Freeborn John – Rev Hammer – DVD/CD (released 19 May 2007)

Freeborn John - Rev Hammer

Rev Hammer’s concept for his Freeborn John DVD/CD has been around for a long time.

The original studio CD was finished in 1996 and this DVD package’s literature thanks “Mark Chadwick for an idea in a country garden, July 1994”. However, there are recordings in existence of Rev performing some of the songs on here (“ England’s New Chains” and “ Elizabeth’s Great Gallop”) as early as 1992.

This gives some indication of the amount of love, endeavour and effort that has gone into this project, covering the best part of 15 years. And it shows.

Freeborn John tells the story of John Lilburne, the leader of The Levellers (no not them) in 17th century England , and “the first English Radical”.

This DVD is a recording of the performance that Rev and his fellow musicians performed at the Beautiful Days festival, Escot House, Devon in August 2005. You also get a CD of the live recording as well.

The DVD (and CD) consists of 13 or so tracks, the majority written by Rev with one written by Justin Sullivan of New Model Army which is, I believe, exclusive to this release.

The story starts where it should, at the beginning, and takes you through Lilburne’s life, telling of his run-ins with Prince Rupert, The King and eventually Oliver Cromwell.

The story is told in a sort of Folk-Rock-Opera style with passion and intrigue as each of the performers taking the stage puts in enthusiasm and effort. And what performers there are, including but not restricted to; Rev himself taking the part of John Lilburne, Maddy Prior playing Elizabeth – John’s wife, Justin Sullivan (of New Model Army), Rory McLeod who somehow manages to pull off a great performance as the folk singer (something he has been doing for much of his life) and The English Civil War Society who put in brave performances during the fighting scenes.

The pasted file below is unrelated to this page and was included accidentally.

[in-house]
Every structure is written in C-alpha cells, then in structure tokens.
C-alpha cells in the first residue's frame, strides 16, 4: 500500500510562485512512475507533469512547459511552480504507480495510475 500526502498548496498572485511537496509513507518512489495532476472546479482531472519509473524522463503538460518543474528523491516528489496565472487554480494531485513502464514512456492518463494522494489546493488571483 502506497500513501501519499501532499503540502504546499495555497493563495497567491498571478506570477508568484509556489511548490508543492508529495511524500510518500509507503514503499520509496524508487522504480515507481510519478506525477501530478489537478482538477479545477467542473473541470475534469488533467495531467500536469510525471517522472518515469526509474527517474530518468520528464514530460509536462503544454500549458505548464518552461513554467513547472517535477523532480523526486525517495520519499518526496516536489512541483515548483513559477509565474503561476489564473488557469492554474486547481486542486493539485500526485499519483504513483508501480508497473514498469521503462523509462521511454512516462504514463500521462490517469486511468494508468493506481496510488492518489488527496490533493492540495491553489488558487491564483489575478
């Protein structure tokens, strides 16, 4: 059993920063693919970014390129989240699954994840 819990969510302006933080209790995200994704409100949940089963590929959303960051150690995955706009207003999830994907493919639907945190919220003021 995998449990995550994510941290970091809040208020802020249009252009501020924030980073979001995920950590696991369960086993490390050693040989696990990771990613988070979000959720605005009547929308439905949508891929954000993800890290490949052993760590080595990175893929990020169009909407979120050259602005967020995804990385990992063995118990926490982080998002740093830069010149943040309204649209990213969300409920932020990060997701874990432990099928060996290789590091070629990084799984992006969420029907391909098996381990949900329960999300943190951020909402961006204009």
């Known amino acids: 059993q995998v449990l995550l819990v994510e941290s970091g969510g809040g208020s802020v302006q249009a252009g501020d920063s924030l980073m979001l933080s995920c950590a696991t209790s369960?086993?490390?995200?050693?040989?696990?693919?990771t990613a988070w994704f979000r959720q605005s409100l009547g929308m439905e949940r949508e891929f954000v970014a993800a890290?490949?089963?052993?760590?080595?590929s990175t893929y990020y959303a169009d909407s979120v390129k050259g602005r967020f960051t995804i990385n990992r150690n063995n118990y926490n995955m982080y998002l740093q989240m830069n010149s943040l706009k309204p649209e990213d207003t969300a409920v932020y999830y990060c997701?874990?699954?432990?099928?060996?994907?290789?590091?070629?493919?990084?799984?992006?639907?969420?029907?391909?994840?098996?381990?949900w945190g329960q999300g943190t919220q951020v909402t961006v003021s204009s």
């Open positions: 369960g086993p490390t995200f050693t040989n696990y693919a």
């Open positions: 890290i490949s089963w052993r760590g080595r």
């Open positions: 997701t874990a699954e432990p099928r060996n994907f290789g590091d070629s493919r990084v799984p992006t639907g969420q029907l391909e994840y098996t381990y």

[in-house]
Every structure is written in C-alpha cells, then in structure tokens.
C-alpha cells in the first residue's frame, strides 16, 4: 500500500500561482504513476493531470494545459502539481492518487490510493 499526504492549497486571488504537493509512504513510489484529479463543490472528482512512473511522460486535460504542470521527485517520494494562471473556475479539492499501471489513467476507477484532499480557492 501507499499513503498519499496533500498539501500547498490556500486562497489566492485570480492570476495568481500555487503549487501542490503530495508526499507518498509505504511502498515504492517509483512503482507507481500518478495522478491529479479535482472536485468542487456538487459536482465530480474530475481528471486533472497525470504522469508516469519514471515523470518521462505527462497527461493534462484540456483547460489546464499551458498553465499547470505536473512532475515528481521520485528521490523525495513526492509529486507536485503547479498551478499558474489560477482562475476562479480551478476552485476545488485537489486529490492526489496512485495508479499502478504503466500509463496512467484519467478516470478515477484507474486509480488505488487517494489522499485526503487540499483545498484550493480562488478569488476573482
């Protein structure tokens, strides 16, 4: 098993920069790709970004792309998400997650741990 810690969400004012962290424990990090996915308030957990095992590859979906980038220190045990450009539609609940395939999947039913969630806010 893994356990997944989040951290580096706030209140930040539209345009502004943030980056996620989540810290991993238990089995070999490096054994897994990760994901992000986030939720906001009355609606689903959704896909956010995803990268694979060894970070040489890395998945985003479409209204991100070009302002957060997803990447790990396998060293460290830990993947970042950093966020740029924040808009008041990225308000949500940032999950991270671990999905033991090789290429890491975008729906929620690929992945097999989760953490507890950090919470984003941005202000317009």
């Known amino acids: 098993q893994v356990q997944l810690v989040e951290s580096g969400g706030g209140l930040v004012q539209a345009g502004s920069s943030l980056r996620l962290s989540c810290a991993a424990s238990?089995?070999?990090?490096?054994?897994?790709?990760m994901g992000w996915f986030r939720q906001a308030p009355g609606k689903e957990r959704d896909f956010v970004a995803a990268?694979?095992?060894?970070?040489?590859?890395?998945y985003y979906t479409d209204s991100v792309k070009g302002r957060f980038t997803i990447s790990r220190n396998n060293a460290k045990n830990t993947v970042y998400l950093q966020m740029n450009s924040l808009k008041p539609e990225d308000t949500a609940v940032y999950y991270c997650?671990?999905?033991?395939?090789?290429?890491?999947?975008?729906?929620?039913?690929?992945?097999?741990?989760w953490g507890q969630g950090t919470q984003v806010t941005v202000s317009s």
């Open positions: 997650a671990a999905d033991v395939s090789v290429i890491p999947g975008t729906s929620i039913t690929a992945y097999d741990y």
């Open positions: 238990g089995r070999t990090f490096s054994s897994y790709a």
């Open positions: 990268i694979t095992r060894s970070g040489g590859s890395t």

I’ve listened to the original CD numerous times and the live CD accompanying this DVD a number of times, but nothing prepares you for the full impact of the DVD presentation. However, you have to pay attention – let yourself get distracted and the impact is lost.

But if you sit there and immerse yourself in the experience of the story, the storytelling and the songs, then you will be moved. Some of the literature in the DVD booklet is included on the DVD to help with the narrative and this works well, filling in the story between the main areas covered by the songs.

This is a DVD that is a required purchase for anyone who was at the Beautiful Days festival in 2005, an historic recording of an historic performance, which could quite easily move the viewer to tears at times (especially during “Seventeen Years of Sorrow” and “Lilburne’s Death Song”) and a document for anyone wishing to learn more about the history of England without the need to resort to a history book.

But for Rev Hammer, nothing like this would ever have seen the light of day as I can think of no other performer around today who could have pulled it off.

Rumour has it that Rev is planning to tour the show next spring (2008). If this rumour turns out to be true, then I wish him luck and can promise here and now that I will be there.